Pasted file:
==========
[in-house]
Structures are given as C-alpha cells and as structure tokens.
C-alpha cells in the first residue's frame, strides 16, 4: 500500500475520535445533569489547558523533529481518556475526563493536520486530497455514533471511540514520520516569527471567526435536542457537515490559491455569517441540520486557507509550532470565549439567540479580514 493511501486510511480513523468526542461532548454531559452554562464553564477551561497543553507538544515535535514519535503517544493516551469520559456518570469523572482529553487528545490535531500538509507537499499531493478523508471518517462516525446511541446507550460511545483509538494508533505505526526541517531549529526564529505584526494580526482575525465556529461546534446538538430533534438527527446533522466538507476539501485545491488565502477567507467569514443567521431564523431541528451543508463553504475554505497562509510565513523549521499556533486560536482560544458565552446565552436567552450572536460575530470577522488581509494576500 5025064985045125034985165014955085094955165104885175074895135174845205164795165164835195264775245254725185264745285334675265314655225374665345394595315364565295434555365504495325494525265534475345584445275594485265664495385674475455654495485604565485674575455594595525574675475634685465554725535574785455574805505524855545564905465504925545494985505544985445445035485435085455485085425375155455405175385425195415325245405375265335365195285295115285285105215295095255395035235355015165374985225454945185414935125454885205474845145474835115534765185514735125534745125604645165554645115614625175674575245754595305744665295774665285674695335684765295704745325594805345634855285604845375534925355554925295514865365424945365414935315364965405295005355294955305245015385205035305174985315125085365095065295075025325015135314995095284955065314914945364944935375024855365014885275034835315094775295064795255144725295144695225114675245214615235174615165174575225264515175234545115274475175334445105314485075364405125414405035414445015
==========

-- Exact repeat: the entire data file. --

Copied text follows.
[in-house]
Structures are given as C-alpha cells and as structure tokens.
C-alpha cells in the first residue's frame, strides 16, 4: 500500500475520535445533569489547558523533529481518556475526563493536520486530497455514533471511540514520520516569527471567526435536542457537515490559491455569517441540520486557507509550532470565549439567540479580514 493511501486510511480513523468526542461532548454531559452554562464553564477551561497543553507538544515535535514519535503517544493516551469520559456518570469523572482529553487528545490535531500538509507537499499531493478523508471518517462516525446511541446507550460511545483509538494508533505505526526541517531549529526564529505584526494580526482575525465556529461546534446538538430533534438527527446533522466538507476539501485545491488565502477567507467569514443567521431564523431541528451543508463553504475554505497562509510565513523549521499556533486560536482560544458565552446565552436567552450572536460575530470577522488581509494576500 5025064985045125034985165014955085094955165104885175074895135174845205164795165164835195264775245254725185264745285334675265314655225374665345394595315364565295434555365504495325494525265534475345584445275594485265664495385674475455654495485604565485674575455594595525574675475634685465554725535574785455574805505524855545564905465504925545494985505544985445445035485435085455485085425375155455405175385425195415325245405375265335365195285295115285285105215295095255395035235355015165374985225454945185414935125454885205474845145474835115534765185514735125534745125604645165554645115614625175674575245754595305744665295774665285674695335684765295704745325594805345634855285604845375534925355554925295514865365424945365414935315364965405295005355294955305245015385205035305174985315125085365095065295075025325015135314995095284955065314914945364944935375024855365014885275034835315094775295064795255144725295144695225114675245214615235174615165174575225264515175234545115274475175334445105314485075364405125414405035414445015